21. The learned Advocate for the opposite party relied on the provisions of Section 99 C. P. Code and that section has also been referred to by Deba Mookerjee, J. in the judgment by which he referred this case to the Division Bench. There are several difficulties in the way of applying Section 99 to the present case. In the first place, Section 99 expressly refers to the powers of the appellate court which we are not. In the second place, Section 99, contemplates reversal of decrees whereas in the present case we are concerned only with an order. In the third place what is challenged before us is not the order accepting service of summons, but an order which deals with the effect of service of summons. Consequently Section 99 will not apply in terms; but the principle underlying that section has been adopted by the authorities to which I have already referred, in construing enactments--expressed in a mandatory language.
22. If I am to refer to the scope of the Civil Procedure Code, I must note that it contains many provisions expressed in a mandatory language, the infringement of which does not invalidate the act done in violation thereof. For example Order 6, Rule 2 requires that 'dates, sums and numbers shall be expressed in figures' in the plaint and also in the written statement. If in a particular case a litigant chooses to mention the dates, sums and numbers not in figures but in words, can it be said that the pleading is invalid on that ground? There can be only one answer to this question and that in the negative. Similarly Order 20 Rule 3 requires that the judgment shall be dated and signed by the Judge in open court at the time of pronouncing it and in spite of this mandatory language it has been held in the ease of Fort Gloster Jute Manufacturing Co. v. Chandra Kumar Das ILR 46 Cal. 978 : (AIR 1920 Cal 597) that the infringement of this Rule is an irregularity which is curable by consent or waiver. Instances may be multiplied but for fear of prolixity I refrain from doing so.
23. For the reasons given above with the utmost respect to Banerjee, J, I have reached the conclusion that the case of 62 Cal. W.N. 718 was not rightly decided and that the omission to follow the prescription of Order 5, Rule 5 does not invalidate the summons and consequently the service of a composite writ amounts to service of summons within the meaning of Section 17(1) of the West Bengal Tenancy Act of 1956.
24. I desire only to point out although non-compliance with Order 5 Rule 5 does not invalidate the summons so as to affect the rights of the parties it is nevertheless the statutory duty of the Court to determine at the time of the issuing of the summons for which of the three alternatives the summons is being issued and to strike out the alternatives that are inept or inapplicable. This Court will always view with disfavour any laxity of practice in this respect.
25. In the result I would discharge this rule; but in the circumstances I would make no order as to costs.
Renupada Mukheejee, J.
26. I agree with my learned brother that the Rule should be discharged, but I desire to say a few words about what is the effect of service of a writ of summons on a defendant which is not correct or regular in form, upon Section 17 of the West Bengal Premises Tenancy Act, 1.956. The material portion of Sub-section 1, of that section is that within one month of the service of the writ of summons on him, the defendant must deposit in court of pay to the landlord an amount calculated at the rate of rent at which it was last paid, for the period for which the tenant may have made default including the period subsequent thereto, up to the end of the month, previous to that in which the deposit or payment is made, together with interest on such amount at the rate of 8 1/3 per cent, per annum, Sub-section 3 of Section 17 of the above Act contains the penalty which the tenant incurs by reason of non-payment of arrears of rent. The penalty is that the court shall order the defence against delivery of possession to be struck out.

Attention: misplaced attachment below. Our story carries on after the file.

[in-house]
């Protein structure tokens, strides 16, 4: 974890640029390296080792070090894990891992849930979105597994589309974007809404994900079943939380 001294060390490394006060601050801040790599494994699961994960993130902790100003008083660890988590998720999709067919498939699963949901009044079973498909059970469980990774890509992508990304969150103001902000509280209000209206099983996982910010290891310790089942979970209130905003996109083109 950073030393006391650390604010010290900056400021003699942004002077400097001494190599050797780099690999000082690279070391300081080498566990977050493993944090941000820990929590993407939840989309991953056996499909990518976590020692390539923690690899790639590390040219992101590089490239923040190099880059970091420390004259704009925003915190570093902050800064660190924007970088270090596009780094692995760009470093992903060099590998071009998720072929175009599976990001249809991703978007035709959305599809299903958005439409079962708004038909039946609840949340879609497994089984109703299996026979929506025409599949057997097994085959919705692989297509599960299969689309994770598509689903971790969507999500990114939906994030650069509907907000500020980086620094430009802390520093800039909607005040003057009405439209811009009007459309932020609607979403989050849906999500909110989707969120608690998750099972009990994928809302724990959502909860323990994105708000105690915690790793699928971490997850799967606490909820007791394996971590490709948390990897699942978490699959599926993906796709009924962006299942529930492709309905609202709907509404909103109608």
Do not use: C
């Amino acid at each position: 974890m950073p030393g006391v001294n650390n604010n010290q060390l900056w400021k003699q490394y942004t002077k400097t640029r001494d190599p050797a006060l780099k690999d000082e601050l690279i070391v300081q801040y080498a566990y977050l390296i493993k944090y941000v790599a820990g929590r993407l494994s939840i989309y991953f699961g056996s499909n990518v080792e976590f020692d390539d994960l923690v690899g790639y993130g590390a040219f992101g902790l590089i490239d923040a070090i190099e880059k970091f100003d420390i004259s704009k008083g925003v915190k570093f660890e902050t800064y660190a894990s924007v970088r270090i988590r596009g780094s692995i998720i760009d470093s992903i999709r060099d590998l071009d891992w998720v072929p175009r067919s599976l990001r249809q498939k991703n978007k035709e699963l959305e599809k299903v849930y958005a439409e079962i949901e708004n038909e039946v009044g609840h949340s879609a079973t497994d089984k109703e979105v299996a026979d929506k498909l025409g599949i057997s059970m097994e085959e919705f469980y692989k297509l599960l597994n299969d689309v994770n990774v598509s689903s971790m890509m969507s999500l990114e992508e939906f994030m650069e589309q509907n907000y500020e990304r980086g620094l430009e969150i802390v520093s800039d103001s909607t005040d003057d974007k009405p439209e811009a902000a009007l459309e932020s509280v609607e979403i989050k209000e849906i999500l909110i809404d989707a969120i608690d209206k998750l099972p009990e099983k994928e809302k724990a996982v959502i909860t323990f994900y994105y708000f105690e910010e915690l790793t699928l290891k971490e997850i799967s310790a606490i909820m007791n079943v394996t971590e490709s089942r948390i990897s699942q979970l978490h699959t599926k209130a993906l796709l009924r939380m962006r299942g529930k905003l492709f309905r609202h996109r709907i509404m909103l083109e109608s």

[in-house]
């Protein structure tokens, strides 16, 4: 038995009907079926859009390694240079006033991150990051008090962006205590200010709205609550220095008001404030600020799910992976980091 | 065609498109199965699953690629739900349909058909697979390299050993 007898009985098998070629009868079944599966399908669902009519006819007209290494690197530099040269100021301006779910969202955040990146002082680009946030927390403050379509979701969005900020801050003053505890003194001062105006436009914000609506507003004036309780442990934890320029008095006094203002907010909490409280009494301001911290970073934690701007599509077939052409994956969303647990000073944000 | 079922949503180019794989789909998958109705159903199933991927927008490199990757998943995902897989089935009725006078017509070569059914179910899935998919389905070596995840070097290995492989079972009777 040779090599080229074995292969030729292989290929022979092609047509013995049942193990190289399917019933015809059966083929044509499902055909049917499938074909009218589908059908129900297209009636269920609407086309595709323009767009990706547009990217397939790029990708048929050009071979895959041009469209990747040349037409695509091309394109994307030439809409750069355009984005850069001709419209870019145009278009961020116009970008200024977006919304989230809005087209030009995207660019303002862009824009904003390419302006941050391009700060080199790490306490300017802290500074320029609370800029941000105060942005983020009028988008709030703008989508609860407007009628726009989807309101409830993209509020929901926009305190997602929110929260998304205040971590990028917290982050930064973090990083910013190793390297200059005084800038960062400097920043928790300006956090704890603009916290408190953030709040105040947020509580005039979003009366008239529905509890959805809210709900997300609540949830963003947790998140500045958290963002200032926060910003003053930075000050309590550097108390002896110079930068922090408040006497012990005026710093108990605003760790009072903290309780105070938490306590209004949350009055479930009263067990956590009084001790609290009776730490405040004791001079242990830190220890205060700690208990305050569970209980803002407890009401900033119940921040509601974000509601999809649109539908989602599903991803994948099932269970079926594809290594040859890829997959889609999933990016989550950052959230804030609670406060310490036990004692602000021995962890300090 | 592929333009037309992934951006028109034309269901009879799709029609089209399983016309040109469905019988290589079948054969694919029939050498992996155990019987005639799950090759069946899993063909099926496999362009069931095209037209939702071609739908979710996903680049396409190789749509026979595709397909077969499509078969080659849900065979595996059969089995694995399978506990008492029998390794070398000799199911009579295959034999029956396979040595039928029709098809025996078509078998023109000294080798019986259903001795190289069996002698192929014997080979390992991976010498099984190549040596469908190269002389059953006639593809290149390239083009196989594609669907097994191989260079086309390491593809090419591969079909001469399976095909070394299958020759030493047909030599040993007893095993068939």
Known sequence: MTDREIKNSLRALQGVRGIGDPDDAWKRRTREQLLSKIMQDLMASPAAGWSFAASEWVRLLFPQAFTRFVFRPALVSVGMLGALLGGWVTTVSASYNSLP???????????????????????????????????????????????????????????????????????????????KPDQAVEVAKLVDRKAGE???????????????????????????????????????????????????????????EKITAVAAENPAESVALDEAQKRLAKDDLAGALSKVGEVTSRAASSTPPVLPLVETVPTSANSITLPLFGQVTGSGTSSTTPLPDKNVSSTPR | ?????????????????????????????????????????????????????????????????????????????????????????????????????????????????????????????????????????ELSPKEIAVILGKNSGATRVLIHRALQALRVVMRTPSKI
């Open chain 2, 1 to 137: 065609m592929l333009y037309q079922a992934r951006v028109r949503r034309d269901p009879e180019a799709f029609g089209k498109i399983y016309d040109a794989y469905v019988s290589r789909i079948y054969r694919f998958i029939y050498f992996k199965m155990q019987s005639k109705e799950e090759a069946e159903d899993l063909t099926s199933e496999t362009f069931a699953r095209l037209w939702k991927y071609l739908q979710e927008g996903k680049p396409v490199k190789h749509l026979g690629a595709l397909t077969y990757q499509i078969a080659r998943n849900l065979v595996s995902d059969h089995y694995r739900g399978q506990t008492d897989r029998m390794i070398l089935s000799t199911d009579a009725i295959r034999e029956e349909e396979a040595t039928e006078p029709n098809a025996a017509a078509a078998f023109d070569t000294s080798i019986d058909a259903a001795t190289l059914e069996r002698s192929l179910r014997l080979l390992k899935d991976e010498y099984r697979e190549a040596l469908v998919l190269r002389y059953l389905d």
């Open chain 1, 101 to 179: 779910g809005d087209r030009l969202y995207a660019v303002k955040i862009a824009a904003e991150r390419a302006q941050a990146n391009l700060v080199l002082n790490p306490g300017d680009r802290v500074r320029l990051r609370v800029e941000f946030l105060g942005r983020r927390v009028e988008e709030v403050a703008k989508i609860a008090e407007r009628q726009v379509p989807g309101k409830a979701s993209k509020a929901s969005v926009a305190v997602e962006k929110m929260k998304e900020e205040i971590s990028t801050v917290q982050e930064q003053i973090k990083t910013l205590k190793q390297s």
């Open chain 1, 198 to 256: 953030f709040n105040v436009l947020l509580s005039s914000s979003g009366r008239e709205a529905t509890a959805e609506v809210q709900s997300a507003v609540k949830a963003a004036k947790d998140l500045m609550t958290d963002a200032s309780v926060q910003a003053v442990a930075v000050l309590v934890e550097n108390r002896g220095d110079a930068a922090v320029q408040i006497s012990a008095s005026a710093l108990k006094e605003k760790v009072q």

27. According to the provisions of Order 5, Rule 5, of the Code of Civil Procedure as amended by our High Court, a summons is issued on a defendant for one or other of the three following purposes :
1. For final disposal of the suit.
2. For ascertaining whether the suit would be contested, and
3. For settlement of issues.
The purpose for which a summons is issued, depends upon the nature and class of the suit. As a general rule of practice, a summons for final disposal of the suit is issued in simple eases, such as, suits for recovery of arrears of rent and suit, triable by a court of small causes. A summons for settlement of issues is generally issued in money suits of a comparatively high value and a summons for ascertaining whether the suit would be contested by the defendant is issued in suits involving questions of title and similar suits of a more or less complicated nature. A combined form setting out all the above three purposes has been prescribed by the Civil Rules and Orders of our High Court in Form No. (P) 5, Vol. II, p. 281 of the Civil Rules and Orders. This particular form was also used in the present case. There is a marginal instruction to retain in the form only that purpose for which the summons is actually issued and to strike out the remaining two purposes. This instruction was not followed in the present case with the result that all the three purposes for which a summons is issued remained on the writ. This was no doubt an irregularity. The irregularity was, however, due to the inadvertence Or the office of the munsif from which the summons was issued, The question is whether this irregularity Or defect in the summons is of such magnitude or importance as to render inoperative or nugatory the provisions of Section 17 of the West Bengal Premises Tenancy Art, 1956. In my opinion this cannot be so. To hold otherwise would be to take too technical and unpractical a view of the, whole matter regarding services of summons. The evident object of such service is to apprise the defendant of the suit of the plaintiff to enable him to appear in court to answer and defend the suit, if he so desires. Order 5, Rule 5 of the Code of Civil Procedure as amended by our High Court runs in the following terms: